on not getting very far

When my elder son was quite small and coming down from one of his alarming tantrums, he would sometimes say by way of explanation: I'm a bit tie-red. He meant tired but that's how he said it, tie-red. The other one, if we were out walking and he started to fall behind, was: I can't get very far. Both said in a forlorn sort of voice. I'm thinking of those remarks because that's how I am today: a bit tie-red and unable to get very far. Although it's probably a contributing factor, Sunday's folly is not the real reason for this. It's more of a deep mental weariness and it came over me this morning just after I finished the first draft of Zone of the Marvellous. It's a very ragged first draft, especially in the later stages, and it's about 10,000 words too long but because it is now one whole thing I can begin to forget about it for a while. I don't usually work on more than one book at a time but this past twelve months or so circumstances have dictated otherwise. My book on Ludwig Becker, retitled The Supply Party, has also been through two and a half drafts over this period. That one is much more finished, there's just the final edit to do now, which I'll begin whenever the editor contacts me - this or next month probably. I don't think I want to be in this position again, it's too hard. There were days when I literally didn't know to which book the sentence(s) in my head belonged. Especially lately. And lately too I've had a constant and disturbing sense that some of these sentences have failed to make the transition from mental event to linguistic expression. Lost forever perhaps. I don't work much from notes because too often I've found writing the note neutered the thought; so I have to keep things somehow alive in memory or mind until they can be written down properly. That may be where the mental tiredness comes from, I don't know. It is anyway a mysterious process, the summoning of the long term concentration required to write a book. As if some subterranean stream, an underground river, runs below all other daily and nightly activities and surfaces only during the actual act of writing. I suppose you could say three concurrent books, since the shorter pieces that make up The Evolution of Mirrors were mostly set down during the same period: but that book is different, it was written in a spirit of free-wheeling free association at the end of whatever day it was when I could let my mind roll away in any direction it wanted to go and as such was more purely pleasurable to do than the morning's task of grinding out 1000 words or whatever. And while on that line, today I learned a new word: Hypnogeography, which perfectly describes some of the dream excursions in TEOM. And one other thing: I don't know why Werner Droescher's name should have come to mind the way it did two nights ago but I'm very glad it happened: the inadvertent recovery of a piece of the past I had completely forgotten and really did not know that much about. Perhaps I have gone further than I know.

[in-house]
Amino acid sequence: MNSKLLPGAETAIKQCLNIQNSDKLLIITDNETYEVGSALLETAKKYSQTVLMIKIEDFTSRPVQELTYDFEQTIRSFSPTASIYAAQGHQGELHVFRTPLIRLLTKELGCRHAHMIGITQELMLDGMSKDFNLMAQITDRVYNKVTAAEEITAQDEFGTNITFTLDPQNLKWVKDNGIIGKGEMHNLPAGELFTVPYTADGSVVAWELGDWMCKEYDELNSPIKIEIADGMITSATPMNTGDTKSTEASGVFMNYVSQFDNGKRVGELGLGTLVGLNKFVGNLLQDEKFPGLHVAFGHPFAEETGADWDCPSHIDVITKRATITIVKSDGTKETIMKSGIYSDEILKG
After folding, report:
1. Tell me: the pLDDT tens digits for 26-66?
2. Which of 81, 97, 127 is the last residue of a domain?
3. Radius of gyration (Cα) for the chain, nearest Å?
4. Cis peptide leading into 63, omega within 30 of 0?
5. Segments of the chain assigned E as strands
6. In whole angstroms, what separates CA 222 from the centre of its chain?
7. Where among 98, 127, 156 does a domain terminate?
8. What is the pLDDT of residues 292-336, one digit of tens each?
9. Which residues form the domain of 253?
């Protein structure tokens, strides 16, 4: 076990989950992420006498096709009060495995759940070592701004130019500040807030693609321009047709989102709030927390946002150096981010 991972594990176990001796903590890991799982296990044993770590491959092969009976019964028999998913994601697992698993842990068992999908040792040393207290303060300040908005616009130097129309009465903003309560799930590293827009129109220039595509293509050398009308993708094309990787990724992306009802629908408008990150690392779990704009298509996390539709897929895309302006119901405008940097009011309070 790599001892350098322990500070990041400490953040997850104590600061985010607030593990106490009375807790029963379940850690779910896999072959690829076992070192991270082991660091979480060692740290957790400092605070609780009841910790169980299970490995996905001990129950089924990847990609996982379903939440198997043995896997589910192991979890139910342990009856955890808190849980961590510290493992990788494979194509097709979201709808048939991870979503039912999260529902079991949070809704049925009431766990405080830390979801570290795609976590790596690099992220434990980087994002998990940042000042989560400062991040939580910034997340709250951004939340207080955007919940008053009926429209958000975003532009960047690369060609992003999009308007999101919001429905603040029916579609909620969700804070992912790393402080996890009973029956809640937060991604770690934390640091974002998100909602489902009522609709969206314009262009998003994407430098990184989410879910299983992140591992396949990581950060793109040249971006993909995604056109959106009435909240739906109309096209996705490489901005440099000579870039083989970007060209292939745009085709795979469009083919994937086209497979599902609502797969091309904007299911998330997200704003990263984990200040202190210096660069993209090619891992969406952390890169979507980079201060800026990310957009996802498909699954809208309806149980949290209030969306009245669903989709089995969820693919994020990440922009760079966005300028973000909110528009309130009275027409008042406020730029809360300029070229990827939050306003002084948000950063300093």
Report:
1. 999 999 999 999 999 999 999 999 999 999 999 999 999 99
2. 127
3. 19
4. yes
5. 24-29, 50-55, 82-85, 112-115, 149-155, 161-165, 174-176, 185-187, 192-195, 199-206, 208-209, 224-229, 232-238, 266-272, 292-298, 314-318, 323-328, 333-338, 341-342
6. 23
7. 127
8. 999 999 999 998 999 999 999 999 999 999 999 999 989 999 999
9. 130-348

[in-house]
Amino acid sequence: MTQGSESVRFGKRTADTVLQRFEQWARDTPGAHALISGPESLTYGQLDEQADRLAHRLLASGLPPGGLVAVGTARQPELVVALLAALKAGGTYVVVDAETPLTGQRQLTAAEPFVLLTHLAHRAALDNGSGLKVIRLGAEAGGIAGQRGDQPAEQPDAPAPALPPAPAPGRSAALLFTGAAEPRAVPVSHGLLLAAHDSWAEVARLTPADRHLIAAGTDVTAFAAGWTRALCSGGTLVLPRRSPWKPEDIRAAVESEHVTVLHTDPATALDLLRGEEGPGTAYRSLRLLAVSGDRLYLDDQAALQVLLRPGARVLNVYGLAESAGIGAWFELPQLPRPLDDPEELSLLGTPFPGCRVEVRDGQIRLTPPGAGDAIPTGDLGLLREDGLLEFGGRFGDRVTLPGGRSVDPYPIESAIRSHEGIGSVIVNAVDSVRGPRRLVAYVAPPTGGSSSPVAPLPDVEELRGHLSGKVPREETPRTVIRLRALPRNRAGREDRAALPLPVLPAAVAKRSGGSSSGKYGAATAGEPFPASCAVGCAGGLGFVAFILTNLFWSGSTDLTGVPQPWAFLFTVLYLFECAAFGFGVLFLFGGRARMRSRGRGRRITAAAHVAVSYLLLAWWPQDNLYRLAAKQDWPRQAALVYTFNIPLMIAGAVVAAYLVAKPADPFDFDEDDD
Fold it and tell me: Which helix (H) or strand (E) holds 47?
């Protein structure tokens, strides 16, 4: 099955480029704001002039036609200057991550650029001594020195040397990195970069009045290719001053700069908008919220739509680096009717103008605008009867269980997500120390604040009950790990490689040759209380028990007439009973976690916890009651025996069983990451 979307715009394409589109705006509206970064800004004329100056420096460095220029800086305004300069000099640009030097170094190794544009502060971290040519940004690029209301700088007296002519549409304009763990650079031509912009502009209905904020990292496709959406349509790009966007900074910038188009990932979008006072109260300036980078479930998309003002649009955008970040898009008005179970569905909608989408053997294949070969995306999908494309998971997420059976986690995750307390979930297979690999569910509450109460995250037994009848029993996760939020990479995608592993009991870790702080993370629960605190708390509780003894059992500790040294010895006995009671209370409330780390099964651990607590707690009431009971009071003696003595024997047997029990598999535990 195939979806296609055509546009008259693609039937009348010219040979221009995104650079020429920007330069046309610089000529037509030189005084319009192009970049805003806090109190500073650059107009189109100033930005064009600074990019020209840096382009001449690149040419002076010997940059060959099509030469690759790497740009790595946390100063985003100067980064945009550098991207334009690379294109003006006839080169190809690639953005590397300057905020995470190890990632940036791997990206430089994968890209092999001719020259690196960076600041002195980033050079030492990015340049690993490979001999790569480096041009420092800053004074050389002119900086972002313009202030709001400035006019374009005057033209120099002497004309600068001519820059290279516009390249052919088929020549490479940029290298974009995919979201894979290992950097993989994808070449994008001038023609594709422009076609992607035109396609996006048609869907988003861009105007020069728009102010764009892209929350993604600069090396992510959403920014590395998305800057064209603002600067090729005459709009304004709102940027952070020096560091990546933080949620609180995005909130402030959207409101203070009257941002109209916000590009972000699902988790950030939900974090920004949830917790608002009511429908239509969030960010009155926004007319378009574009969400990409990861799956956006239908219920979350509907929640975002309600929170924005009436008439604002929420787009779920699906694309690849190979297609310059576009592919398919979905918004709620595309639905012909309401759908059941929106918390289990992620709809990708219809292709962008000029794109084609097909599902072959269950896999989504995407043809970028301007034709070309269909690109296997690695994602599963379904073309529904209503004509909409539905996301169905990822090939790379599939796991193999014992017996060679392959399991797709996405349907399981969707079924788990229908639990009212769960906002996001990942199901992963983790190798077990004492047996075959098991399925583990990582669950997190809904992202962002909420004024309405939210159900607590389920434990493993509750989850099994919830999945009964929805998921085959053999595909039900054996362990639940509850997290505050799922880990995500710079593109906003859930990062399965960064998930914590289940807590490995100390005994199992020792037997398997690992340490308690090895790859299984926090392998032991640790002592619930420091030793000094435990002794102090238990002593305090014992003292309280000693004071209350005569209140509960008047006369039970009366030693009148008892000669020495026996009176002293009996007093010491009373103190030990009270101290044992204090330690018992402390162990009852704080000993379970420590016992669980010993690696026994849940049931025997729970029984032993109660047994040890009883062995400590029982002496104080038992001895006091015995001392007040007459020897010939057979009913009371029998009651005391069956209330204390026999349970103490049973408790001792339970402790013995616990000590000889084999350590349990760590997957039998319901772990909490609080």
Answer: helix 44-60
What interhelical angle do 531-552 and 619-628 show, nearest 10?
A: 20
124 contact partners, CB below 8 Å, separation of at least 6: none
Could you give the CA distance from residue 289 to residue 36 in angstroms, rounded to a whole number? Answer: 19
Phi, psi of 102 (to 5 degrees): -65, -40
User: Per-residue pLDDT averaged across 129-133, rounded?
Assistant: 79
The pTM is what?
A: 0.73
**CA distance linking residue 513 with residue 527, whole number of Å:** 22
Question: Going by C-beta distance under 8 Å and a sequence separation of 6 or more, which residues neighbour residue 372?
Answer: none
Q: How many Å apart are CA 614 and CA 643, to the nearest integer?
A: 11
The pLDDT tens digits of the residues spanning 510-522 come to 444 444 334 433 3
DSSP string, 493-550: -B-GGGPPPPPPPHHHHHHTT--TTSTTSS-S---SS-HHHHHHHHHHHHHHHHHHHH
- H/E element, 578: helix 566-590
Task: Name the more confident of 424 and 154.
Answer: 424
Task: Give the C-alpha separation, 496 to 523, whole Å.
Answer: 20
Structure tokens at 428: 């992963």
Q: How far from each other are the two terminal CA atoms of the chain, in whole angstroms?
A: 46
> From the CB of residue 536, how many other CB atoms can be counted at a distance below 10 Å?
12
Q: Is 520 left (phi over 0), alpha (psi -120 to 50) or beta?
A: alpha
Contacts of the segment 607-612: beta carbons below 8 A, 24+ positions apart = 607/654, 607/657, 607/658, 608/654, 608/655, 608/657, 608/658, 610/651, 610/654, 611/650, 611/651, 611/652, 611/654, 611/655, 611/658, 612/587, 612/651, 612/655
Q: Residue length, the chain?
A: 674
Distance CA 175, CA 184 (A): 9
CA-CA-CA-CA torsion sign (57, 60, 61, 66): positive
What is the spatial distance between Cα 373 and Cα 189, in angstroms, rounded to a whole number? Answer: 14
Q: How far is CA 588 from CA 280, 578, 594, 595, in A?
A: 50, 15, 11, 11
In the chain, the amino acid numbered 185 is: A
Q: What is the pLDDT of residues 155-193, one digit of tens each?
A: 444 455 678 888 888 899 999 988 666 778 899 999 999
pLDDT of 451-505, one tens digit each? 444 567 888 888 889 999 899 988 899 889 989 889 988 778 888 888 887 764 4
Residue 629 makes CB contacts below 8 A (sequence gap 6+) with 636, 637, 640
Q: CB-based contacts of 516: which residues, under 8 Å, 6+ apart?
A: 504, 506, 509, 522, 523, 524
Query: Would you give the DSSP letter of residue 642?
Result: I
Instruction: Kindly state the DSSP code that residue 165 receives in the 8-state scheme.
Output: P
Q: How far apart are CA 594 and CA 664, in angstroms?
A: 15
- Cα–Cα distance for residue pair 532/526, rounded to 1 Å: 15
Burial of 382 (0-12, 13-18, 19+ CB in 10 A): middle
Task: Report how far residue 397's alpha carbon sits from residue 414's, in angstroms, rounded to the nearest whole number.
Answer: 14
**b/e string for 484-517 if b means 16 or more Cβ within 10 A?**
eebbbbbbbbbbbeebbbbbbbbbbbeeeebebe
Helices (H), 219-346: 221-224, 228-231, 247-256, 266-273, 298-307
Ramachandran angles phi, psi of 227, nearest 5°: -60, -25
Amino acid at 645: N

artandmylife said...

I am suddenly thankful that I have 3 small excuses for not being able to sustain "long term concentration". Although some days I think we aren't meant to get very far.

Elisabeth said...

Good grief, Martin. I've just read Sunday's Folly and I'm amazed by your stamina. Not only can you tolerate the demands of one of those awful marathons, physically, lose sight of your sons, then find them again but here you are producing endless words on line. On top of that you've got three publishable books on the go. I've ordered the Mirrors. I can't believe that you can go on as you do. All credit to you.

Martin Edmond said...

put it down to a wasted youth - & too much time on my hands now I'm old.